It is indisputable that an insistence on the historical continuity of the Party’s evolution contains an important truth. We certainly do not intend to denounce Berlinguer in the name of Togliatti. From the very first number of Il Manifesto, we have tried to show that the current reformist line of the pci is not due to mistaken calculations or momentary confusion on the part of its leadership, but to the organic limitations of a specific strategy rooted in history. It is the expression of a whole complex of social alliances, electoral links, organizational routines, and official positions. This is why we never based our own struggle, when still in the Party, on an appeal to tradition. Nor do we now envisage the construction of a new revolutionary force in terms of of split in the pci, which separates the healthy from the opportunist elements inside it. We spoke instead of ‘a cultural revolution’, and of a ‘refoundation’—effected in the course of mass struggle and accompanied by a general critical re-evaluation of the past—which would profoundly alter the character and practice of the whole Party, including even those of its best elements. We added that such a refoundation could only come from a synthesis between the Communist Left and the new political and social vanguards which have developed outside the Party.

But this is not to say that the pci has always been the same as it is today; nor that it represents an ideologically and socially homogeneous force, fully expressed by the official line of its leadership. An analysis of the historical and theoretical origins, and objective social base, of the opportunist degeneration of a political movement need not obscure the dynamics of this degeneration. To identify the strategic and theoretical horizon to which a decadence is related is not to reduce its whole reality to this. It is possible, for example, to reconstruct step by step the inexorable path followed by the Second International up to its final capitulation to the First Imperialist War: but this does not diminish the fact that German Social-Democracy at the end of the 19th century represented a reality, and played a role, very different from those which it embodied after 1914.

Today the Italian Communist Party is undergoing a very similar process. In 1945 it rejected insurrection, and collaborated with bourgeois parties in ‘Reconstruction’, in framing a new Constitution, and in the governments of ‘National Unity’ of the immediate post-war period. Given the existing international alignment of forces and the fact that the bourgeois State was in disarray, the pci—counting on the antagonistic power of the ussr and expecting a revolutionary crisis to develop—combined a constitutional and defensive strategy with organizational and ideological preparation for a future confrontation. The Party was wrong in its calculations, and succeeded only in fostering the equivocations which were subsequently to lead to unambiguous parliamentarism and opportunism. Nevertheless the organization which is today, in a different fashion and in a different situation, participating with no mental reservations whatever in the ‘drive for productivity’, is a somewhat different Party. The defensive struggles against unemployment, latifundia, or the legge truffa, footnote2 in the dramatic years of the fifties, do not have the same class meaning as the trade-unionism practised by the pci today. For even if the objectives of the latter are formally more advanced, the contemporary situation demands a politicization and generalization of the mass movement of a quite different order.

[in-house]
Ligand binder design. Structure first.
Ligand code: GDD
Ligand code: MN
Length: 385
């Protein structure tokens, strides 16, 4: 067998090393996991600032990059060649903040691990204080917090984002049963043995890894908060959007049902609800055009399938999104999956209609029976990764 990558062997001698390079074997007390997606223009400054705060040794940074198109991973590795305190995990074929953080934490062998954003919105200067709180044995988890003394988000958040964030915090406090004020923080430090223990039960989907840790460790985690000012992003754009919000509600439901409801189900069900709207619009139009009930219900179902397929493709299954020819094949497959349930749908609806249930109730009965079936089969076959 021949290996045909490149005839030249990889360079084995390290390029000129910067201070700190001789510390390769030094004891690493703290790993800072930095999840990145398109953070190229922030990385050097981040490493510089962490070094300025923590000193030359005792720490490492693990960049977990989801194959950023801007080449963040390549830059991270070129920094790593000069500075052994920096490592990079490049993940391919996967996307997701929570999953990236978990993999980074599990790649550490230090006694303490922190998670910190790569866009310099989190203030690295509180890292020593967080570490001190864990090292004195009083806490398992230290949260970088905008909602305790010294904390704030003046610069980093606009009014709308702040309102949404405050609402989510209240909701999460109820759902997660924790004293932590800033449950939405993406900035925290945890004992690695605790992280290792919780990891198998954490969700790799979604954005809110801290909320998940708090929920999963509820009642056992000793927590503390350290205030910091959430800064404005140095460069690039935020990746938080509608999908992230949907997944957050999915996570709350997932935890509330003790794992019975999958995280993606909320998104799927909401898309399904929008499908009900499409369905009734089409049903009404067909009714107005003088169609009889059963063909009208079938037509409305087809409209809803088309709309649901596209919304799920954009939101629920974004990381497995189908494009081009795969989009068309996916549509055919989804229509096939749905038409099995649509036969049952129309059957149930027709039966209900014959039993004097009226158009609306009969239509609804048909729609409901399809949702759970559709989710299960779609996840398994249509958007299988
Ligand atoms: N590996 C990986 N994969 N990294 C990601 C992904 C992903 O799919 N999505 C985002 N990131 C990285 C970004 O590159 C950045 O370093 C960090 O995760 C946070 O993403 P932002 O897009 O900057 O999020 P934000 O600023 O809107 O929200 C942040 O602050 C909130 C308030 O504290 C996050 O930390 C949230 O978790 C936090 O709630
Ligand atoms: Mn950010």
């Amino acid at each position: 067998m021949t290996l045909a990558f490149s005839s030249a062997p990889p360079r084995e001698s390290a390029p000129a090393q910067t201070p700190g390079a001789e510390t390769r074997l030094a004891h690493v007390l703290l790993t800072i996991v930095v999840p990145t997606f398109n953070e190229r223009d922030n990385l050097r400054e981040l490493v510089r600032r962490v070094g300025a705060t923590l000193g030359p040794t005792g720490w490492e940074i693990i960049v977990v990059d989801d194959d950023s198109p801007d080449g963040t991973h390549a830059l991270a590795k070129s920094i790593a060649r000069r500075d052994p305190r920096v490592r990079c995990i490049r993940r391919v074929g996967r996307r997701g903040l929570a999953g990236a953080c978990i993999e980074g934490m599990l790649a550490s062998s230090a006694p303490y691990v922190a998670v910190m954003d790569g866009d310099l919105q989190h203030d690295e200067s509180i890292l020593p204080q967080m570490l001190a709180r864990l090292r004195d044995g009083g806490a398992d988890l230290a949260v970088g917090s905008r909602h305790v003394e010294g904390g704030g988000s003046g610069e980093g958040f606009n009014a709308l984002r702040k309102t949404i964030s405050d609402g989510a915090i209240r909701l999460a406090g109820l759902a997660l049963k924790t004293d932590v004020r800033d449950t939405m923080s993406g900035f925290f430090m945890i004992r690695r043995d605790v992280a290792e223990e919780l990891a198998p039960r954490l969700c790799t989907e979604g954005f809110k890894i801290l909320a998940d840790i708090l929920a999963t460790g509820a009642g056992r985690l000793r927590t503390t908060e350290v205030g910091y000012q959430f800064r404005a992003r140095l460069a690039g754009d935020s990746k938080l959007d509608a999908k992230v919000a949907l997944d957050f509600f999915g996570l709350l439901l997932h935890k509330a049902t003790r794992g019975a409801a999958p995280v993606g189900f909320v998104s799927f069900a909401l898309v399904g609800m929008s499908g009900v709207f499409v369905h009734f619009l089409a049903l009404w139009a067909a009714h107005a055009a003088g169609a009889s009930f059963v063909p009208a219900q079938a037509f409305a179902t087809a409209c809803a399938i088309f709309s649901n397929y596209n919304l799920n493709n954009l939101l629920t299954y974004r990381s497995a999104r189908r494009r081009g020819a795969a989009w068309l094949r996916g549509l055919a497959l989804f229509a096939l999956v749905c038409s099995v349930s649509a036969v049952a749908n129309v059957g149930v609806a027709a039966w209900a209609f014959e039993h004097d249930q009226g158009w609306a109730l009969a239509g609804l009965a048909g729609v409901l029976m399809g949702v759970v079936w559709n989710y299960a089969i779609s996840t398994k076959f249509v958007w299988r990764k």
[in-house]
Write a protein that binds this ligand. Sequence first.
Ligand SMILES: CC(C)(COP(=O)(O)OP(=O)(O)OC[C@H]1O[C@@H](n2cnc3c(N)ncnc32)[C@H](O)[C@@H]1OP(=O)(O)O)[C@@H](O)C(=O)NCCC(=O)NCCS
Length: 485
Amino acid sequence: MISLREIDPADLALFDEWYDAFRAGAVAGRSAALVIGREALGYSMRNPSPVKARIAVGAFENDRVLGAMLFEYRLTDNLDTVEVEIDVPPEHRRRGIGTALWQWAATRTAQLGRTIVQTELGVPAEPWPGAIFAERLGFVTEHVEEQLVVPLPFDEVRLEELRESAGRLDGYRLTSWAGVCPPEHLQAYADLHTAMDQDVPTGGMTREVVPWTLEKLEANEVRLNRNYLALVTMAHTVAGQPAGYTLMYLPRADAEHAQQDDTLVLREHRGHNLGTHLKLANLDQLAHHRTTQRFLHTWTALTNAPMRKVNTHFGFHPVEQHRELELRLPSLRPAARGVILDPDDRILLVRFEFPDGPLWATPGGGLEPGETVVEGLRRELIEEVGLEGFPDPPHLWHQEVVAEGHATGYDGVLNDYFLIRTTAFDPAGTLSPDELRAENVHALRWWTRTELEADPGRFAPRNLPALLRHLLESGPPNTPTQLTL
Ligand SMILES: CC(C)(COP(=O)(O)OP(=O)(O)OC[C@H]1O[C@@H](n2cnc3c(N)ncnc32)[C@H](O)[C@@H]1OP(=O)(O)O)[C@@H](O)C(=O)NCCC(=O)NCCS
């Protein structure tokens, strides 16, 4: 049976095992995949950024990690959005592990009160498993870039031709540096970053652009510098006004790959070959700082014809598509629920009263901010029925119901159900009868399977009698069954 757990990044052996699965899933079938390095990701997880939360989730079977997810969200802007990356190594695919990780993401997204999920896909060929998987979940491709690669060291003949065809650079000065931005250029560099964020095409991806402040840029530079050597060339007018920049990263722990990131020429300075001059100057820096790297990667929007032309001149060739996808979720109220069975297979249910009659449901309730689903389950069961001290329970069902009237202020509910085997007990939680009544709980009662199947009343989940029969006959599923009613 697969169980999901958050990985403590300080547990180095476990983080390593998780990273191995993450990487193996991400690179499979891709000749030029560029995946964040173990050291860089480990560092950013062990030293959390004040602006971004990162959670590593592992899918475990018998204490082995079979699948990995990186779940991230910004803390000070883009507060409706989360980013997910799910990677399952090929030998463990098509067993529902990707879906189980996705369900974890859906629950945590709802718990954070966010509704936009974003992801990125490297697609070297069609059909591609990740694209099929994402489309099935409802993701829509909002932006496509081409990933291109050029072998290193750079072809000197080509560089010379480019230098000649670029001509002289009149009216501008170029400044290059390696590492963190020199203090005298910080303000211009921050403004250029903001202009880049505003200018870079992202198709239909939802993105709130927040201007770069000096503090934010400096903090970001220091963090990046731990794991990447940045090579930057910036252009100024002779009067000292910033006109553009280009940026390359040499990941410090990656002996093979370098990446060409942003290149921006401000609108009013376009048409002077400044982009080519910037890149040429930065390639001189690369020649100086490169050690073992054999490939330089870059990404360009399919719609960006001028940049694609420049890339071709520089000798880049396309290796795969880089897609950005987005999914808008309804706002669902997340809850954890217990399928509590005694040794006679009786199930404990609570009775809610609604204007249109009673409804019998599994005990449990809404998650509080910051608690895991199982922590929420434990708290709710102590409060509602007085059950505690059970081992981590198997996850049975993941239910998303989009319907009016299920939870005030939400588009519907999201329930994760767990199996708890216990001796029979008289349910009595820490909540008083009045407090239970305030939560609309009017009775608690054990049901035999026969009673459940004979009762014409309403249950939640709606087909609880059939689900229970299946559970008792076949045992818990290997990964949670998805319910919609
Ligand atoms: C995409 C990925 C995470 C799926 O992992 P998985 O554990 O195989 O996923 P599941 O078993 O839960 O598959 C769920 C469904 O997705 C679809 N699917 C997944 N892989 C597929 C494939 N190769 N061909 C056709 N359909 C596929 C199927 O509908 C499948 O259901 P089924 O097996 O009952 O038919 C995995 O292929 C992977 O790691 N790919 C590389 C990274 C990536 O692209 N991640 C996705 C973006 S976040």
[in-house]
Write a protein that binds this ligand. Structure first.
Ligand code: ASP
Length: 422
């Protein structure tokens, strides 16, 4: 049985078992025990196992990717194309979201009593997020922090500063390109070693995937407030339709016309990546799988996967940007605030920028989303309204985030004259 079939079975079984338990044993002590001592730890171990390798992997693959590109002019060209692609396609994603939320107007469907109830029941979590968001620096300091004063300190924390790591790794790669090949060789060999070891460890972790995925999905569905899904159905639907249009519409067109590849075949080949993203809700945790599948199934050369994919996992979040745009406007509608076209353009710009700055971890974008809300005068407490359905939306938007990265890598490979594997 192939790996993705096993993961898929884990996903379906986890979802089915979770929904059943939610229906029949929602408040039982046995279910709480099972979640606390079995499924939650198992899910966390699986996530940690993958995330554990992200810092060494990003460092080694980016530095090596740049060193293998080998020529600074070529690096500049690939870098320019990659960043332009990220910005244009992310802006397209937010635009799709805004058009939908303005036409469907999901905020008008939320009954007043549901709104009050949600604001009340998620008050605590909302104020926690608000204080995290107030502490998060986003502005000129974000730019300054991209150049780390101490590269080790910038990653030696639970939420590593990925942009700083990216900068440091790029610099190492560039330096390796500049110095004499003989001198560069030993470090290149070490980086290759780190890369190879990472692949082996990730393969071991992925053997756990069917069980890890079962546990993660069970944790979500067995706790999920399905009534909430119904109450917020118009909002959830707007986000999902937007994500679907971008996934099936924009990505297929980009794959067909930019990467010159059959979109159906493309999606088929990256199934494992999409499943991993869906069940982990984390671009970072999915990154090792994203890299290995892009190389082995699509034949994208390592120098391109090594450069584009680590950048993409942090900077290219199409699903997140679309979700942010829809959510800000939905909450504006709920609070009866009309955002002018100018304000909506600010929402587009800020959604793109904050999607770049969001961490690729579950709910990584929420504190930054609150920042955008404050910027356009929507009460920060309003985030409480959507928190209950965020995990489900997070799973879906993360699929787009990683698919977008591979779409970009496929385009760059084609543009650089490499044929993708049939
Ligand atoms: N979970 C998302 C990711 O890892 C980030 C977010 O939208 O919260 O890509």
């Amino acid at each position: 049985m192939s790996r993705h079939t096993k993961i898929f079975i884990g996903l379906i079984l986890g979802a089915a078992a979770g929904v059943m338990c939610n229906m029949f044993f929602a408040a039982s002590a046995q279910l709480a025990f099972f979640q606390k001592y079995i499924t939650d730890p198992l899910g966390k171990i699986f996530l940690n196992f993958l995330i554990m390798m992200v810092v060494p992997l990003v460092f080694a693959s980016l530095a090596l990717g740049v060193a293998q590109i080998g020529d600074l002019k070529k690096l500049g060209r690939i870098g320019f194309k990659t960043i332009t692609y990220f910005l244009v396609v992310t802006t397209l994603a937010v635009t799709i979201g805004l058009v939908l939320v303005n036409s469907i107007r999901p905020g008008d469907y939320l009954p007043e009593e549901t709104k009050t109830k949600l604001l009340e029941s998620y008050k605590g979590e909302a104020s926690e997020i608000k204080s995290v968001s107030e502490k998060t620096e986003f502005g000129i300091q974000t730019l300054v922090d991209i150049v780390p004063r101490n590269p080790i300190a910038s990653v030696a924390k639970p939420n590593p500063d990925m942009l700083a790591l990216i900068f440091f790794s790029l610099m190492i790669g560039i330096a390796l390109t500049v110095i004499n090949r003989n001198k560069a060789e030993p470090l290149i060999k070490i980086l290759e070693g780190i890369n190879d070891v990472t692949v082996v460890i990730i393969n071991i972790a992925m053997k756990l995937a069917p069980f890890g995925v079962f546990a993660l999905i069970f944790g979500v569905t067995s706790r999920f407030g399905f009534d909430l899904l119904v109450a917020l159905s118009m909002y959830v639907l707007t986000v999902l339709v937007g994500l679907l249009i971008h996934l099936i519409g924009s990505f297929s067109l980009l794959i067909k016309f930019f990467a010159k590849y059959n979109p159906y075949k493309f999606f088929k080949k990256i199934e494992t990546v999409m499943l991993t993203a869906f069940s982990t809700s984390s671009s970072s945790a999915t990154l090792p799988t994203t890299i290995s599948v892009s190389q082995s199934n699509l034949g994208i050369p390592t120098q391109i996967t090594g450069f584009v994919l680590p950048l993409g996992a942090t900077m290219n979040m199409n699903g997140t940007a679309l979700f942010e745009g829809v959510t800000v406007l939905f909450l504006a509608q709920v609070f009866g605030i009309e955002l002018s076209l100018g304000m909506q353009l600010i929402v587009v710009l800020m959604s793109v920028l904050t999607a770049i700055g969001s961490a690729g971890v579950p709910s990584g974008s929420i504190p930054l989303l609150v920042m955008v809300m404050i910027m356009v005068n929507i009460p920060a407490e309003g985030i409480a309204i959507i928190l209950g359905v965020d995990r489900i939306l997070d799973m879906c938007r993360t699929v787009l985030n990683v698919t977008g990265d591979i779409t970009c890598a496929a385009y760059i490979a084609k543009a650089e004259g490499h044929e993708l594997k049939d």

To forget this, to avoid any concrete analysis of the Italian working-class and its organizations, is to construct a purely schematic image of the Communist movement over the last 20 years, which erases the significance of its mass roots and international position, and the reasons for them. More important still, it is to discolour the specificity of the class struggle in this country. For such an approach negates the degree of autonomy and hegemony which has been won by the proletariat over a vast range of social and intellectual forces. Yet this autonomy and hegemony constitute the central knot which Italian capitalism has been unable to cut, and the principal obstacle to the grand reformist operation which is at present under way. Above all, in political terms, such an approach implies a failure to see the possibility and necessity of building a new mass revolutionary force, at a time when strategic blunders and social degeneration are precipitating a change in the nature and class position of the Communist Party. The ‘turn’ in the pci’s line thus represents a serious problem, which should not be liquidated by propagandistic simplifications. Only the most careful historical and structural analysis of the Party can enable us to disentangle the multiple connections between continuity and rupture in its development, and grasp the complexities both of its ideological tradition and of its present-day reality. We cannot hope to determine to what extent the current turn by the pci represents a qualitative break, nor at what levels and in what ways it might create rifts in the Party itself, without such a study. A correct analysis must go back in time—at least as far as the end of the Second World War, when the pci first took on a truly mass character—and above all must go beyond what the Party has said and thought, to establish what it has actually been and done: its concrete relationship with social reality. This task is one on which we have already made a start in Il Manifesto, footnote3 but a comprehensive analysis is yet to be accomplished; there are many facts which are still obscure, and it will take time to complete the work.